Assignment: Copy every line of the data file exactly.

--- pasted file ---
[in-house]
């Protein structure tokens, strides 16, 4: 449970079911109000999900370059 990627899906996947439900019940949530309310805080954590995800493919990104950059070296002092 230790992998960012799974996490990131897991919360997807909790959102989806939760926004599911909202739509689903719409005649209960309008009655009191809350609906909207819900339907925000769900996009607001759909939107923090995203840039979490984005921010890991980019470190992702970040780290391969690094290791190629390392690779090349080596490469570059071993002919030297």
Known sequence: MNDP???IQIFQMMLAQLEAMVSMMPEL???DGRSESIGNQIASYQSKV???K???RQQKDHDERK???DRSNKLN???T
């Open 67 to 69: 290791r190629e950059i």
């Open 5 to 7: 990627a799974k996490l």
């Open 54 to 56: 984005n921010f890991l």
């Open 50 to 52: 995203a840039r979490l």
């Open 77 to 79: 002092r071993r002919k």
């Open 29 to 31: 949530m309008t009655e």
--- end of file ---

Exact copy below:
[in-house]
């Protein structure tokens, strides 16, 4: 449970079911109000999900370059 990627899906996947439900019940949530309310805080954590995800493919990104950059070296002092 230790992998960012799974996490990131897991919360997807909790959102989806939760926004599911909202739509689903719409005649209960309008009655009191809350609906909207819900339907925000769900996009607001759909939107923090995203840039979490984005921010890991980019470190992702970040780290391969690094290791190629390392690779090349080596490469570059071993002919030297």
Known sequence: MNDP???IQIFQMMLAQLEAMVSMMPEL???DGRSESIGNQIASYQSKV???K???RQQKDHDERK???DRSNKLN???T
């Open 67 to 69: 290791r190629e950059i």
């Open 5 to 7: 990627a799974k996490l």
């Open 54 to 56: 984005n921010f890991l």
């Open 50 to 52: 995203a840039r979490l």
């Open 77 to 79: 002092r071993r002919k």
């Open 29 to 31: 949530m309008t009655e």